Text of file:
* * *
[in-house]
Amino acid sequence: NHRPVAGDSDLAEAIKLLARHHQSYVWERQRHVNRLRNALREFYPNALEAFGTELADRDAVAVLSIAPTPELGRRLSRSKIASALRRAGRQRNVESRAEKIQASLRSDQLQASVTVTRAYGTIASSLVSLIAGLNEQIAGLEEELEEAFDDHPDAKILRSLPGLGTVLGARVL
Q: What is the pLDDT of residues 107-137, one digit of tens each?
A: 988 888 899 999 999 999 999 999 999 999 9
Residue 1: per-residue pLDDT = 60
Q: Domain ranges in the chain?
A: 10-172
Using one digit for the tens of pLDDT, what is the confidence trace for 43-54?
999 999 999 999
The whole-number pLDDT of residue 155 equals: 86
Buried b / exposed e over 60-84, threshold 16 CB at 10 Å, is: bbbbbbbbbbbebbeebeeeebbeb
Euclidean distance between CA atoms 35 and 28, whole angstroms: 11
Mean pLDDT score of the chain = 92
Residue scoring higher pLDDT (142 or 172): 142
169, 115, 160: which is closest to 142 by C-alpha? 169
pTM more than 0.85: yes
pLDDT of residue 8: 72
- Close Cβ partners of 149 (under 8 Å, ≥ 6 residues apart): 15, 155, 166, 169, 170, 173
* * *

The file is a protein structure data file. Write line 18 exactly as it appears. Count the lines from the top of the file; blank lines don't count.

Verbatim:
- Close Cβ partners of 149 (under 8 Å, ≥ 6 residues apart): 15, 155, 166, 169, 170, 173